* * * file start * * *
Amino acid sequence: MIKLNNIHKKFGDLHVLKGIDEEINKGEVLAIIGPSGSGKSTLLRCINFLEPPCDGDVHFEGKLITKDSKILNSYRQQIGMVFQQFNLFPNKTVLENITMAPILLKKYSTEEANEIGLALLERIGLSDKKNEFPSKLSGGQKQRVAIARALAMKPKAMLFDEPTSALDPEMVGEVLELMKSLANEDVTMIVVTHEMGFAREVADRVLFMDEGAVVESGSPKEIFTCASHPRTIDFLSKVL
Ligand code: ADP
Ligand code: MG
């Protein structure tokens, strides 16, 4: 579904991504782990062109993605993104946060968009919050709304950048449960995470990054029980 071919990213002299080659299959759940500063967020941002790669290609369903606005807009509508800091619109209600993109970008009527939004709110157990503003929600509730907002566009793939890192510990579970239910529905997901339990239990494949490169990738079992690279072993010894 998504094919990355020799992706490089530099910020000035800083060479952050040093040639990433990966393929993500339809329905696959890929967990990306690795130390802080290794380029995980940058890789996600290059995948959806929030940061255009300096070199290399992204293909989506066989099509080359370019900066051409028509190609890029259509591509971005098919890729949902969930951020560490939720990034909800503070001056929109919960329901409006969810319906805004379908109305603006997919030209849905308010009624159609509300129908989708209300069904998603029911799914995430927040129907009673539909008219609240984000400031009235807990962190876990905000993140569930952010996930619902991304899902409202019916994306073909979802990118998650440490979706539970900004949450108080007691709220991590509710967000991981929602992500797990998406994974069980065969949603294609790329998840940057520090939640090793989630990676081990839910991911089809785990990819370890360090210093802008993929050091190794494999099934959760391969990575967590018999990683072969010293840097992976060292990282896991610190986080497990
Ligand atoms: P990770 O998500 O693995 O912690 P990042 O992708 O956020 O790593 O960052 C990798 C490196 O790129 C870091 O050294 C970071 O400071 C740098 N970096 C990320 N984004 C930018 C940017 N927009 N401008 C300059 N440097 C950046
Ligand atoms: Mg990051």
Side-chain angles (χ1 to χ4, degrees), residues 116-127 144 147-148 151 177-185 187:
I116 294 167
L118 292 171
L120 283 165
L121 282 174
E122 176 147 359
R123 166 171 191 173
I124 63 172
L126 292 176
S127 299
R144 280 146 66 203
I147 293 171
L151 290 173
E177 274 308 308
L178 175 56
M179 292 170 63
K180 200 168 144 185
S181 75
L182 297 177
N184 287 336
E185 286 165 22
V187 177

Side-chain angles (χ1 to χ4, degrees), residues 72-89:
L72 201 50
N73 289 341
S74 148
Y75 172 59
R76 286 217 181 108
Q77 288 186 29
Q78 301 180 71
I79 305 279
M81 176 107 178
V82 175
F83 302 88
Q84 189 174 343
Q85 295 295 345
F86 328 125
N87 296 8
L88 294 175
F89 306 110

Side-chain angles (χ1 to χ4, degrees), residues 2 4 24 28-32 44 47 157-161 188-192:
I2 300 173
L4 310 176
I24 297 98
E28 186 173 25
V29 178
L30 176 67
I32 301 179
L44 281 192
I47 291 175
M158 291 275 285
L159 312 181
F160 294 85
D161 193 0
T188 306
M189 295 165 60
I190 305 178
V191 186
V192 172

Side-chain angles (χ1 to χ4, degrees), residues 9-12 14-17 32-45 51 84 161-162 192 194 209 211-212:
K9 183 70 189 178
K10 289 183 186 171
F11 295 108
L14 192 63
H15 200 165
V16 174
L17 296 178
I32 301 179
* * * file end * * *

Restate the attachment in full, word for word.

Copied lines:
Amino acid sequence: MIKLNNIHKKFGDLHVLKGIDEEINKGEVLAIIGPSGSGKSTLLRCINFLEPPCDGDVHFEGKLITKDSKILNSYRQQIGMVFQQFNLFPNKTVLENITMAPILLKKYSTEEANEIGLALLERIGLSDKKNEFPSKLSGGQKQRVAIARALAMKPKAMLFDEPTSALDPEMVGEVLELMKSLANEDVTMIVVTHEMGFAREVADRVLFMDEGAVVESGSPKEIFTCASHPRTIDFLSKVL
Ligand code: ADP
Ligand code: MG
């Protein structure tokens, strides 16, 4: 579904991504782990062109993605993104946060968009919050709304950048449960995470990054029980 071919990213002299080659299959759940500063967020941002790669290609369903606005807009509508800091619109209600993109970008009527939004709110157990503003929600509730907002566009793939890192510990579970239910529905997901339990239990494949490169990738079992690279072993010894 998504094919990355020799992706490089530099910020000035800083060479952050040093040639990433990966393929993500339809329905696959890929967990990306690795130390802080290794380029995980940058890789996600290059995948959806929030940061255009300096070199290399992204293909989506066989099509080359370019900066051409028509190609890029259509591509971005098919890729949902969930951020560490939720990034909800503070001056929109919960329901409006969810319906805004379908109305603006997919030209849905308010009624159609509300129908989708209300069904998603029911799914995430927040129907009673539909008219609240984000400031009235807990962190876990905000993140569930952010996930619902991304899902409202019916994306073909979802990118998650440490979706539970900004949450108080007691709220991590509710967000991981929602992500797990998406994974069980065969949603294609790329998840940057520090939640090793989630990676081990839910991911089809785990990819370890360090210093802008993929050091190794494999099934959760391969990575967590018999990683072969010293840097992976060292990282896991610190986080497990
Ligand atoms: P990770 O998500 O693995 O912690 P990042 O992708 O956020 O790593 O960052 C990798 C490196 O790129 C870091 O050294 C970071 O400071 C740098 N970096 C990320 N984004 C930018 C940017 N927009 N401008 C300059 N440097 C950046
Ligand atoms: Mg990051």
Side-chain angles (χ1 to χ4, degrees), residues 116-127 144 147-148 151 177-185 187:
I116 294 167
L118 292 171
L120 283 165
L121 282 174
E122 176 147 359
R123 166 171 191 173
I124 63 172
L126 292 176
S127 299
R144 280 146 66 203
I147 293 171
L151 290 173
E177 274 308 308
L178 175 56
M179 292 170 63
K180 200 168 144 185
S181 75
L182 297 177
N184 287 336
E185 286 165 22
V187 177

Side-chain angles (χ1 to χ4, degrees), residues 72-89:
L72 201 50
N73 289 341
S74 148
Y75 172 59
R76 286 217 181 108
Q77 288 186 29
Q78 301 180 71
I79 305 279
M81 176 107 178
V82 175
F83 302 88
Q84 189 174 343
Q85 295 295 345
F86 328 125
N87 296 8
L88 294 175
F89 306 110

Side-chain angles (χ1 to χ4, degrees), residues 2 4 24 28-32 44 47 157-161 188-192:
I2 300 173
L4 310 176
I24 297 98
E28 186 173 25
V29 178
L30 176 67
I32 301 179
L44 281 192
I47 291 175
M158 291 275 285
L159 312 181
F160 294 85
D161 193 0
T188 306
M189 295 165 60
I190 305 178
V191 186
V192 172

Side-chain angles (χ1 to χ4, degrees), residues 9-12 14-17 32-45 51 84 161-162 192 194 209 211-212:
K9 183 70 189 178
K10 289 183 186 171
F11 295 108
L14 192 63
H15 200 165
V16 174
L17 296 178
I32 301 179